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cables

Encyclopedia

  • 6 inch (15 cm) outside diameter, oil-cooled cables, traversing the Grand Coulee Dam throughout. In electrical engineering cables used to carry electric currents. — “Cable - Wikipedia”, en.wikipedia.org
  • Submarine cables are laid using special cable layer ships, such as the modern René Descartes, operated by France Telecom Marine. Subsequent generations of cables carried first telephony traffic, then data communications traffic. — “Submarine communications cable - Wikipedia, the free encyclopedia”, en.wikipedia.org
  • A power cable is an assembly of two or more electrical conductors, usually held together with an overall sheath. Gutta-percha insulation used on the first submarine cables was, however, unsuitable for building wiring use since it deteriorated rapidly when exposed to air. — “Power cable - Wikipedia, the free encyclopedia”, en.wikipedia.org

Quotations

  • He has got hold of all the cables and telegraphs himself. — “The Man who was Thursday” by GK Chesterton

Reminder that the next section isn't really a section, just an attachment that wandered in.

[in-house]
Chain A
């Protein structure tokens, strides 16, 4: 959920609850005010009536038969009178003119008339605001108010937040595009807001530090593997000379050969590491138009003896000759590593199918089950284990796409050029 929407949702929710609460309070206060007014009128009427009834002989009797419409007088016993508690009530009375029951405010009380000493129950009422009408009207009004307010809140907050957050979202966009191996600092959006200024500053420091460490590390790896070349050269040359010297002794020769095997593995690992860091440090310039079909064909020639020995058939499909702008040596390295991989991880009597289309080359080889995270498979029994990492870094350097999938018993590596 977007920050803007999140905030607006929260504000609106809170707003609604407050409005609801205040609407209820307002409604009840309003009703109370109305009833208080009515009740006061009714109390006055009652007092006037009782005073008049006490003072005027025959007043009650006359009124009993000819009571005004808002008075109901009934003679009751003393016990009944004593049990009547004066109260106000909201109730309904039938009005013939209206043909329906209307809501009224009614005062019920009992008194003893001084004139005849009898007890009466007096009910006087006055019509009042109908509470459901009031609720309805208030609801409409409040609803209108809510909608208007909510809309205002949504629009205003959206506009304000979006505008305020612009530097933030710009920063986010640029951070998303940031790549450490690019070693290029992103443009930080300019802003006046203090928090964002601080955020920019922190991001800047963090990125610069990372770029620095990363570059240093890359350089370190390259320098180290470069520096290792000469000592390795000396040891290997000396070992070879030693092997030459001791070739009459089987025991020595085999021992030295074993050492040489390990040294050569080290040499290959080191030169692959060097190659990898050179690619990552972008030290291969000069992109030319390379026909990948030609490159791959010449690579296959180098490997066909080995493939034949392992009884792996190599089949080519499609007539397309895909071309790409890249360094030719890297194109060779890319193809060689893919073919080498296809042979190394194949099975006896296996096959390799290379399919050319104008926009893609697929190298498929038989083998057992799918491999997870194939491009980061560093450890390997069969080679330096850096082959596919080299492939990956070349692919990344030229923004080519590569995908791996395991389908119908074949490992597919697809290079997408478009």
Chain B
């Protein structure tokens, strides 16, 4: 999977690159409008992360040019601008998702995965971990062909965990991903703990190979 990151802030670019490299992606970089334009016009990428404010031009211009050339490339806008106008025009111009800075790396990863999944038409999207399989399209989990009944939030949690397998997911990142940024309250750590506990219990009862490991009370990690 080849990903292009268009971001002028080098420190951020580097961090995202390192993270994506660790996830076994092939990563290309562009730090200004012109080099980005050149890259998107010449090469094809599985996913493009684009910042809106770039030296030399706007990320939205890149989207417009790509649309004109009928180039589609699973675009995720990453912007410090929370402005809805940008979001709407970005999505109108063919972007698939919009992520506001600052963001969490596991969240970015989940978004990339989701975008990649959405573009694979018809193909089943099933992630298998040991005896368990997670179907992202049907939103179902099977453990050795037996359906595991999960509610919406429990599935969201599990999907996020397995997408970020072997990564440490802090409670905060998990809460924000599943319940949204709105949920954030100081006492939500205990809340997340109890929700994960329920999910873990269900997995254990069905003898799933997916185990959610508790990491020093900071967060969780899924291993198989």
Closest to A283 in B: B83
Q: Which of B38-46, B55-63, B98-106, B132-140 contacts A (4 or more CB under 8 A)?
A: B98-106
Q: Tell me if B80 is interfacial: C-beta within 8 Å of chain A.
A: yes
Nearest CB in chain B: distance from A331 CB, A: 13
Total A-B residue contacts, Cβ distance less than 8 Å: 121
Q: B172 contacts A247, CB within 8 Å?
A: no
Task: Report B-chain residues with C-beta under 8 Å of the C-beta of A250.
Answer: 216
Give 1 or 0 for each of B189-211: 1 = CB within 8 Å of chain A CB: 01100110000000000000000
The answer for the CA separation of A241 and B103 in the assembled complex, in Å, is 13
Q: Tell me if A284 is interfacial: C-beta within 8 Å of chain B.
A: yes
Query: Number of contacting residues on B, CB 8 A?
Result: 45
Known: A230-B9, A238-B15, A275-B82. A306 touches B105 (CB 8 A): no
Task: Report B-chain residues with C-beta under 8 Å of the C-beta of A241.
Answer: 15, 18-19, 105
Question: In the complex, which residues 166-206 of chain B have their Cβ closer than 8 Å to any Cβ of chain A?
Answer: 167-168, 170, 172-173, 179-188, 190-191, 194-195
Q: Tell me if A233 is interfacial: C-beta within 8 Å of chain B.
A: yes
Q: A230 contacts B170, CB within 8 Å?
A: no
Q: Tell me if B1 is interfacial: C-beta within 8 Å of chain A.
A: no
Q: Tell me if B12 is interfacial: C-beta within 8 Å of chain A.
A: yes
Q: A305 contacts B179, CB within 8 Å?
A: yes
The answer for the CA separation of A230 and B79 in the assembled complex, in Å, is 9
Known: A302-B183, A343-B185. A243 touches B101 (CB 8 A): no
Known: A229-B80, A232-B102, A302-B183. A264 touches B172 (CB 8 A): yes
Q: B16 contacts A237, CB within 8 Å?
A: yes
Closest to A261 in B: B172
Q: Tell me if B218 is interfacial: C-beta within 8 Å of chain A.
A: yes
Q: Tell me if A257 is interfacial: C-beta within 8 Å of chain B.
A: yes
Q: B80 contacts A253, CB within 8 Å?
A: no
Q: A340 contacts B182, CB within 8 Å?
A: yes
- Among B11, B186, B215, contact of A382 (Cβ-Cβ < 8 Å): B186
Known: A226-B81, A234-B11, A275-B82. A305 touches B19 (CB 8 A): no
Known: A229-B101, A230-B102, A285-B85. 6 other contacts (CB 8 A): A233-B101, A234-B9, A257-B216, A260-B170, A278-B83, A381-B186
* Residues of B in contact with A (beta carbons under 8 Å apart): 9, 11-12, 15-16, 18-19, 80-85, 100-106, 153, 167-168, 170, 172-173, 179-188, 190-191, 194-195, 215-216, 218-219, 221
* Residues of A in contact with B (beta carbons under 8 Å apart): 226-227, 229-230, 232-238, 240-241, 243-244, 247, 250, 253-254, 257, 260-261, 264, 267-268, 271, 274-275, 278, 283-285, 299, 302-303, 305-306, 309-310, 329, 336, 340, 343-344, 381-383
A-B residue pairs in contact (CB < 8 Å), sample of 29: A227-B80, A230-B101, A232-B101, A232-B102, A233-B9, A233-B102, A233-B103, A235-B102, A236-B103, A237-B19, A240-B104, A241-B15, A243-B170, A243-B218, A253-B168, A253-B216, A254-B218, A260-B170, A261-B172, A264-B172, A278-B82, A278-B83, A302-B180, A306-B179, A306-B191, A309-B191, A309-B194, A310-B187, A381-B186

• They rowed down in the midst of moored boats, whose long oblique cables grazed lightly against the bottom of the boat. — “Madame Bovary” by Gustave Flaubert
  • However, Starbuck, who had the ordering of affairs, hung on to it to the last; hung on to it so resolutely, indeed, that when at length the ship would have been capsized, if still persisting in locking arms with the body; then, when the command was given to break clear from it, such was the immovable strain upon the timber-heads to which the fluke-chains and cables were fastened, that it was impossible to cast them off. — “Moby-Dick” by Herman Melville
  • Its object, no doubt, was loot, and that was defeated, as you may have learned already from the cablegram sent via San Francisco and New York last night, when the cables were still open. — “Nostromo” by Joseph Conrad
  • I therefore let go the cord, and leaving the looks fixed to the ships, I resolutely cut with my knife the cables that fastened the anchors, receiving about two hundred shots in my face and hands; then I took up the knotted end of the cables, to which my hooks were tied, and with great ease drew fifty of the enemy’s largest men of war after me. — “Gulliver's Travels” by Jonathan Swift
  • He had to have his jaunts to Paris; he had to send expensive cables in cipher to Florence about twice a week. — “The Good Soldier” by Ford Madox Ford

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